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1 BEAD 5: Earth and the Other Planets MATERIALS (STANDARD) FOR EACH CLASS: Copies of the 1-page list of 28 events (for each child to use during class) Wait till Rain/Ocean session to invite newcomers or those who missed a class to choose beads to fill in for past sessions. There is to much to do in this session and the next. MATERIALS FOR THIS SESSION: Download, read Teacher Directions, and prepare Plutoʼs Identity Crisis parable: Organize the classroom space to facilitate performance after the opening circle. Optional: poster of all the planets (must be new enough to be without Pluto). Scarves as props for performing Plutoʼs Identity Crisis parable (see directions). No beads will be distributed or made; Earth bead and Moon bead both in next lesson. You might need to recruit older kids as readers of the scripts, if your kids are too young. MATERIALS FOR NEWCOMERS: None: Wait till the Rain/Ocean session to invite newcomers or those who missed a class to choose beads to fill in for past sessions. ETHICAL OR WORLDVIEW LEARNINGS: The children will learn about adoption; Pluto is an adopted dwarf planet and what makes it part of the family of the Solar System is that, like the rest, it is held by Sunʼs loving gravitational embrace. 2. Stories created from real science can be just as fun and playful as completely madeup, fictional stories. But these stories might have to be updated, if the science changes. PREPARATION NOTES: Plan your class time carefully to ensure that no less than 30 minutes is available for setting up and performing the dramatic scripts, with extra time for discussion to follow. Compress or skip earlier elements of this lesson, if necessary. My Universe Story, by Connie Barlow, version 9/14/10, Lesson Plan for Bead 5 page 1

2 REVIEW OF PRIOR WEEK (PARTICIPATORY; CIRCLE RECOMMENDED): Who was here last week? Who wants to help us remember what we talked about and did last week? Encourage discussion (birth and death of the Sun; bigger stars use up their fuel and die faster while burning brighter; different types of animal pets die at different ages; energy from the Sun powers every action we take; the Sun Stretch movement.) Did anyone do extra research on our topic last week and want to report back to the group? NEWCOMER OR ABSENTEE CATCH-UP TIME Skip this part, as no new beads will be distributed this week, so they can catch up next week. STORYTELLING (PARTICIPATORY; CIRCLE RECOMMENDED): Skip this part if you are seriously short of time. This is the Universe Story that belongs to all Earthlings. Who here is an Earthling?... In the beginning, about 13.7 billion years ago, our Universe was born. Nobody yet has discovered why our Universe was born. But scientists have discovered lots of evidence that our Universe really did have a beginning, and that the beginning happened suddenly more than 13 billion years ago. So... just like us... the Universe came into existence by being born. Scientists have discovered that after the Universe was born, it grew from something smaller than a grasshopper, smaller than a mustard seed, into something so immense that it now contains billions of [wait for them to say galaxies ]. We also know that the Universe is still growing. It is still growing, just like you are still growing. The Story of the Universe is actually your story. It is the story of who all your ancestors and cousins are not just your human ancestors and cousins, but also the greatgreat-great-great-great grandparent you share in common with a walrus, and with the even older common ancestor you share with an earthworm, all the way back to when the only creatures alive on planet Earth were [wait for them to say bacteria ]. The My Universe Story, by Connie Barlow, version 9/14/10, Lesson Plan for Bead 5 page 2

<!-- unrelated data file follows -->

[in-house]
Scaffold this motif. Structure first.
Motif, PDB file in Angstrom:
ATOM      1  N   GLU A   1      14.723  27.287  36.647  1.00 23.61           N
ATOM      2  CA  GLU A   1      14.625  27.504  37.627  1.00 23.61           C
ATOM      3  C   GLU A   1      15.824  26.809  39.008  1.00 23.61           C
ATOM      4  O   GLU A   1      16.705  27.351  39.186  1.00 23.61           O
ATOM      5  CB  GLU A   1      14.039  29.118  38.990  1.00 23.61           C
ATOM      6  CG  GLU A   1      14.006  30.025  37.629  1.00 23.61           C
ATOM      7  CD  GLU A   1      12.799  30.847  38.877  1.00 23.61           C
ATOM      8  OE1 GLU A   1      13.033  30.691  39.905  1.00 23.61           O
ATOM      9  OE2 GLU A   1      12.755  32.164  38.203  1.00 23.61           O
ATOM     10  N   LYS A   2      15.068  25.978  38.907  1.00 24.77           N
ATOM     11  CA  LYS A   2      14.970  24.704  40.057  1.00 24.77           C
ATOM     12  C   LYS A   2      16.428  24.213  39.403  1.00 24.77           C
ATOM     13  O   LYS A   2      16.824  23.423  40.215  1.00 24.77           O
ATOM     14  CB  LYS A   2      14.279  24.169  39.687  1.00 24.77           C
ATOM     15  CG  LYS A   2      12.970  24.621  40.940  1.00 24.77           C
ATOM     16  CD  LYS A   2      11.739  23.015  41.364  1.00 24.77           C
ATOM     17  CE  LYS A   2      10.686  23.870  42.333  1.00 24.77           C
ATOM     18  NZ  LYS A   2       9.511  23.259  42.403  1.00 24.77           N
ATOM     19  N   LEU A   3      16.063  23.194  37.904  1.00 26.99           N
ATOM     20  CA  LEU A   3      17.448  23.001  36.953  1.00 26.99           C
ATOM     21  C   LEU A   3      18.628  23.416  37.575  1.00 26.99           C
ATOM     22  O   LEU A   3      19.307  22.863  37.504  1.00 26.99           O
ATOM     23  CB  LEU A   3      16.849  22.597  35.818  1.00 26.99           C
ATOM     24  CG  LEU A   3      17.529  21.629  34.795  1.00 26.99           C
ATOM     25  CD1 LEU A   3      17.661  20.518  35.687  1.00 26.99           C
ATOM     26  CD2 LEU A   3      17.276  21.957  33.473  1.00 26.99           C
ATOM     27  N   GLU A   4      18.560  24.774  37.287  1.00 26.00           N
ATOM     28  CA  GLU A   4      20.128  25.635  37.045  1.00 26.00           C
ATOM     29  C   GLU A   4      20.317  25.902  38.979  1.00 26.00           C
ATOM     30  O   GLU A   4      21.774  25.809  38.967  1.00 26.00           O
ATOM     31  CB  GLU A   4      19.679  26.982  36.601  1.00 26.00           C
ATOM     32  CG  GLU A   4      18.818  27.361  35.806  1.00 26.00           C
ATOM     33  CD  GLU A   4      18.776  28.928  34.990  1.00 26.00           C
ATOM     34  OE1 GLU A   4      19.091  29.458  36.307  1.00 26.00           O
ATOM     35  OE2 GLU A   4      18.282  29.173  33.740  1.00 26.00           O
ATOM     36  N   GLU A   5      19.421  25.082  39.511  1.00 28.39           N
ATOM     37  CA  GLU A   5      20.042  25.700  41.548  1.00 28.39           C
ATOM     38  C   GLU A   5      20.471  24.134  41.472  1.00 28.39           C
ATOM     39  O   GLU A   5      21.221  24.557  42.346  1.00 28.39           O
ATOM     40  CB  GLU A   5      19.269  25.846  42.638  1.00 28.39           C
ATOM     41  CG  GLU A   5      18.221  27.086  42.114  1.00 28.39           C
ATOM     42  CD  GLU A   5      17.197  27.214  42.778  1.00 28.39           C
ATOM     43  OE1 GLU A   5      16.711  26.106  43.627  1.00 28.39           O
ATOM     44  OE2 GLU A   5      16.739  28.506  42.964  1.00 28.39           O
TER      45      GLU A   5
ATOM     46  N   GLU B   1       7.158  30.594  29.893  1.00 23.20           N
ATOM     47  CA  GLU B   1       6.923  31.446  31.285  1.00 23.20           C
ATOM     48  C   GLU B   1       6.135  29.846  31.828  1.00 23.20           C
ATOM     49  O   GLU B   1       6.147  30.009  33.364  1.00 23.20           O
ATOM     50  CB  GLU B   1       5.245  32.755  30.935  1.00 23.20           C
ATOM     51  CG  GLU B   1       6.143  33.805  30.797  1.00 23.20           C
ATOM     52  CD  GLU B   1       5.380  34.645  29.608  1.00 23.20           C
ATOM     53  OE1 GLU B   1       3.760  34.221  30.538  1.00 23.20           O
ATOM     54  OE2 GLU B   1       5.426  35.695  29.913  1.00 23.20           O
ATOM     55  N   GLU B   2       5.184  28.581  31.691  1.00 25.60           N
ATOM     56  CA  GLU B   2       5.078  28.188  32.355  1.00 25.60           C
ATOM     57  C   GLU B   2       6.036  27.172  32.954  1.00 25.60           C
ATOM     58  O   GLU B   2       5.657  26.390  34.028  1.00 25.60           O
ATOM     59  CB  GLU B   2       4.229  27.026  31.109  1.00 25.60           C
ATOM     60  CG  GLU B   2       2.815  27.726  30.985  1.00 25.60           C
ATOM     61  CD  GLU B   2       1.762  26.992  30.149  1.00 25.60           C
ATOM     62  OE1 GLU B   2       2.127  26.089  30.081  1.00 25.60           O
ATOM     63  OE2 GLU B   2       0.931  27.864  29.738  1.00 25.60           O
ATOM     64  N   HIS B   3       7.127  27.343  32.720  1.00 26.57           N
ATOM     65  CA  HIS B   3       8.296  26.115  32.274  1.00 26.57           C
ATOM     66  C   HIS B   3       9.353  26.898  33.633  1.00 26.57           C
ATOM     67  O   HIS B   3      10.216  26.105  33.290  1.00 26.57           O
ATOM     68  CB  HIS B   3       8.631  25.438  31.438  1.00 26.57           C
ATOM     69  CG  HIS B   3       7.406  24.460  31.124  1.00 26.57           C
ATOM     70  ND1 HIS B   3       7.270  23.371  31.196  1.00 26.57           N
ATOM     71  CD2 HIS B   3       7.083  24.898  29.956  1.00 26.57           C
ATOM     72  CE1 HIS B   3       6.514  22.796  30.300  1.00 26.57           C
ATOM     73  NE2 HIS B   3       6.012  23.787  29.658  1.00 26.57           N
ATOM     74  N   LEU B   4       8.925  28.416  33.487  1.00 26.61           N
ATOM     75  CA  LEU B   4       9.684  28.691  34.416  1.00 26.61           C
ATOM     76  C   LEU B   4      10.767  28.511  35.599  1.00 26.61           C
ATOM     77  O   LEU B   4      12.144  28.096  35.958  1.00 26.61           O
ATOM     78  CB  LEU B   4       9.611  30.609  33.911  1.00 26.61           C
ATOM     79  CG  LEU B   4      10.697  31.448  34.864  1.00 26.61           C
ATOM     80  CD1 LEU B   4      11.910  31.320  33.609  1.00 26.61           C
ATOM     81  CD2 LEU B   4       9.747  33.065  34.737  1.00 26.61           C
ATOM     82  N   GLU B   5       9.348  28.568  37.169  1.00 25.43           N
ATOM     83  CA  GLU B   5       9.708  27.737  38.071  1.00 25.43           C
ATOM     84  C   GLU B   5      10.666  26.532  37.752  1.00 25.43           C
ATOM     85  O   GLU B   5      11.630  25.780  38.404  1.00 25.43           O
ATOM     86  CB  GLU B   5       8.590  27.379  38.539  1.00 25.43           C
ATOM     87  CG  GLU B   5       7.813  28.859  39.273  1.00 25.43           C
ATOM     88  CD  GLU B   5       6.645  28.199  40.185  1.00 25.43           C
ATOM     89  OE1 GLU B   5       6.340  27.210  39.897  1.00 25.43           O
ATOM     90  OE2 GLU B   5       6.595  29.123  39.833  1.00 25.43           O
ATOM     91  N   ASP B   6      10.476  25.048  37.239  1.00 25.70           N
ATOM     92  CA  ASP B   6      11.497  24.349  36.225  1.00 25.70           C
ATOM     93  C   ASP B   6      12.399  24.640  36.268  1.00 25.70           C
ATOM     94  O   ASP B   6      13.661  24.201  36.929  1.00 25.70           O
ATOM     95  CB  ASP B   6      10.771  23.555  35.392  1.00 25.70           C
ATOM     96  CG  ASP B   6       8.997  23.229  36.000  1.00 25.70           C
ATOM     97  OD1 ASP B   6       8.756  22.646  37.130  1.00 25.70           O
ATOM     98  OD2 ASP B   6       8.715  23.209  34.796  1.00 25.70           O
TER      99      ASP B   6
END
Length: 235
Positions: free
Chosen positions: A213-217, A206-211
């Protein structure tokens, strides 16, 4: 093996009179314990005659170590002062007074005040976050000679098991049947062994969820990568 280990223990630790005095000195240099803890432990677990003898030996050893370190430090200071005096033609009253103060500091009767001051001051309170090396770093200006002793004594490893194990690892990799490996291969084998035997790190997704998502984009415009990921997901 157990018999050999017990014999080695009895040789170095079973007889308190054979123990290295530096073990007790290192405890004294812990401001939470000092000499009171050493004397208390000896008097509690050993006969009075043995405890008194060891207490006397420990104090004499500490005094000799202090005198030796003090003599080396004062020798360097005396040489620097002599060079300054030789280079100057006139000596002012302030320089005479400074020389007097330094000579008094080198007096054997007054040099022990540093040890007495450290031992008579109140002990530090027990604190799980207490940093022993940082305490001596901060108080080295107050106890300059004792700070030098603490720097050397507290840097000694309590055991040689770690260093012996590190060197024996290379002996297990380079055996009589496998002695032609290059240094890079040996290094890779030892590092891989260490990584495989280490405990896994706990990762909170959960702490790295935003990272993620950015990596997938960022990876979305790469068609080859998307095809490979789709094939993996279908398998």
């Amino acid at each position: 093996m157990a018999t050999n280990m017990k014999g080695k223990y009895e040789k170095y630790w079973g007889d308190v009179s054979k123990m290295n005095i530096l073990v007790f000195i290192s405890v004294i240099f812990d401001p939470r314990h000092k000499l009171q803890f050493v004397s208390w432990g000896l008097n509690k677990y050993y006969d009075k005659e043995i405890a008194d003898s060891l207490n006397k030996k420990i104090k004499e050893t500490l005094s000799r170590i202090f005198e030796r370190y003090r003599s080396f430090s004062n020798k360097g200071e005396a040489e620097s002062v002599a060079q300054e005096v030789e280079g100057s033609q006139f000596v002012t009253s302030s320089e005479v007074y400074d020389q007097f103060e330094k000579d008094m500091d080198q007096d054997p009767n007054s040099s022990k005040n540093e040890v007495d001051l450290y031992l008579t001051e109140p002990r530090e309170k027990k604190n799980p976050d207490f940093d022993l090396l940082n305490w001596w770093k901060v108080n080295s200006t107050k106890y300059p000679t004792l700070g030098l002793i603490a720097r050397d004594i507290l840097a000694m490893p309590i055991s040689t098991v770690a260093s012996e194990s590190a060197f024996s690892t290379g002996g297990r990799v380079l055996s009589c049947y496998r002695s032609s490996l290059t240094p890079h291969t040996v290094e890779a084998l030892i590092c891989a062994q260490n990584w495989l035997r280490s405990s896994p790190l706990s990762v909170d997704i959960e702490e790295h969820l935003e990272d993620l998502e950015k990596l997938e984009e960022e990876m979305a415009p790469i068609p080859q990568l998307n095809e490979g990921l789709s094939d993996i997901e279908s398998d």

3 wonderful thing is that this story is exactly the same story for all the children born on this planet. Last time we learned that after the different kinds of stars inside our own Milky Way Galaxy made all the atoms of chemical elements now inside of us, our own star, the Sun, was born about 5 billion years ago. So what event are we going to discuss today? Clue: Look at your list of events Answer: Earth and the other planets form from stardust that swirls into ever bigger clumps. So there was this great cloud of hydrogen gas that had been in the Milky Way since the beginning. Then, about 5 billion years ago, it began to collapse by gravity and so it began to form new stars including our Sun. Because it had been enriched with lots of atoms of stardust exhaled or exploded by ancestor stars, it was possible for our Sun to have planets form in orbits around it. Thus, along with the Sun was born a whole Solar System of planets and smaller space debris. ACTIVITY: PERFORMING PLUTOʼS IDENTITY CRISIS TEACHER DIRECTIONS: Explain that we will make (or choose) the Earth bead next session, not today. Instead... For the rest of the class, we are all going to participate in staging a play about the planets. This play is called, Plutoʼs Identity Crisis. TEACHER DIRECTIONS: Use the Teacher Directions that you downloaded with the scripts to get the kids set up for the play and for distributing the scripts (and scarves) of the main characters to excellent readers at the outset. Give the main characters no more time to look at their scripts than to read the one paragraph in red at the top of their script. (The Sun gets to begin off-stage, so can read their whole stage directions slowly while the play begins.) My Universe Story, by Connie Barlow, version 9/14/10, Lesson Plan for Bead 5 page 3